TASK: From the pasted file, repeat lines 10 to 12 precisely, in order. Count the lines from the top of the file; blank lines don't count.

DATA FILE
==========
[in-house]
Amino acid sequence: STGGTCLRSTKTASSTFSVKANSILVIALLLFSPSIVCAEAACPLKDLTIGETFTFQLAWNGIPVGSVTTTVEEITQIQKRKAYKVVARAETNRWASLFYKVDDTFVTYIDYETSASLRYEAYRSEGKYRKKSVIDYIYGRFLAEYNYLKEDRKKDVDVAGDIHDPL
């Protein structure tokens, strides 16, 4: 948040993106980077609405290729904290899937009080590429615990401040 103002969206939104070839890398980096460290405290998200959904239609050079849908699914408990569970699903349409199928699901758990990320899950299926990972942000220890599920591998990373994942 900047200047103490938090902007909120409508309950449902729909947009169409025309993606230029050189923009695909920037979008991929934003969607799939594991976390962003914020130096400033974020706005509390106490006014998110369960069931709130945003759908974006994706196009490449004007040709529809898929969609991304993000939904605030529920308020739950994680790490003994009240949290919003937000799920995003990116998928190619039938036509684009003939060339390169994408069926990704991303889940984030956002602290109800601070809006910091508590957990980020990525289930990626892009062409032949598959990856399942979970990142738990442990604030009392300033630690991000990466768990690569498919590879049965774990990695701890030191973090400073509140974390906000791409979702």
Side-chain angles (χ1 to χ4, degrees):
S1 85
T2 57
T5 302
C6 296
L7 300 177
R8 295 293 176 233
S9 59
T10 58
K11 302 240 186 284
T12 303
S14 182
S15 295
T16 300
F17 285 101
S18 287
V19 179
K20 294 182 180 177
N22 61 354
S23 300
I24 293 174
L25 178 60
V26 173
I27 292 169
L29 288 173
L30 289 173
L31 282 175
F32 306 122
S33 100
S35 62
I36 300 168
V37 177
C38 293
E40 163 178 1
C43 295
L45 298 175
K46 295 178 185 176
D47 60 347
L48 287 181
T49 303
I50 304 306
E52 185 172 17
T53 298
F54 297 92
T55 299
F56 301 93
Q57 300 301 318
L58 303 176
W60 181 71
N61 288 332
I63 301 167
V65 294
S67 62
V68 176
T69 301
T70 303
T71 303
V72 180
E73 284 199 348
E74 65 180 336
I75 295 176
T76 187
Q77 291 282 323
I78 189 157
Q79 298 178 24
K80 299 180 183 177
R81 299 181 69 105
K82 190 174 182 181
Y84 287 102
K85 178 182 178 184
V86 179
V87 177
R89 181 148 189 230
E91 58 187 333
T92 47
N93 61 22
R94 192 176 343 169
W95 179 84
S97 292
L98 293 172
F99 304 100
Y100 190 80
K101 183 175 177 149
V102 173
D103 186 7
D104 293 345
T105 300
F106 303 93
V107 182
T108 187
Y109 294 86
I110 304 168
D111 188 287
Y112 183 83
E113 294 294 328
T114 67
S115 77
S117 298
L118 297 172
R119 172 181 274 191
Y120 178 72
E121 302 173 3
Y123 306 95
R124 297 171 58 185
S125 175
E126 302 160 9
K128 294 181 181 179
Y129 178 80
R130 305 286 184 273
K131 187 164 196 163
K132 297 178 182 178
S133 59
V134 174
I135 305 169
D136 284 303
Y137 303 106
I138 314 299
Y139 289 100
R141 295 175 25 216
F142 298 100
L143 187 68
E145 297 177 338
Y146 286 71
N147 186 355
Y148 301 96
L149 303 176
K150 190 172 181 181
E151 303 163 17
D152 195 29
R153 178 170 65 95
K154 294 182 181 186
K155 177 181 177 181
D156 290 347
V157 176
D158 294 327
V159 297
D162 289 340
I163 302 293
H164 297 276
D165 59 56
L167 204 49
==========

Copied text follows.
R8 295 293 176 233
S9 59
T10 58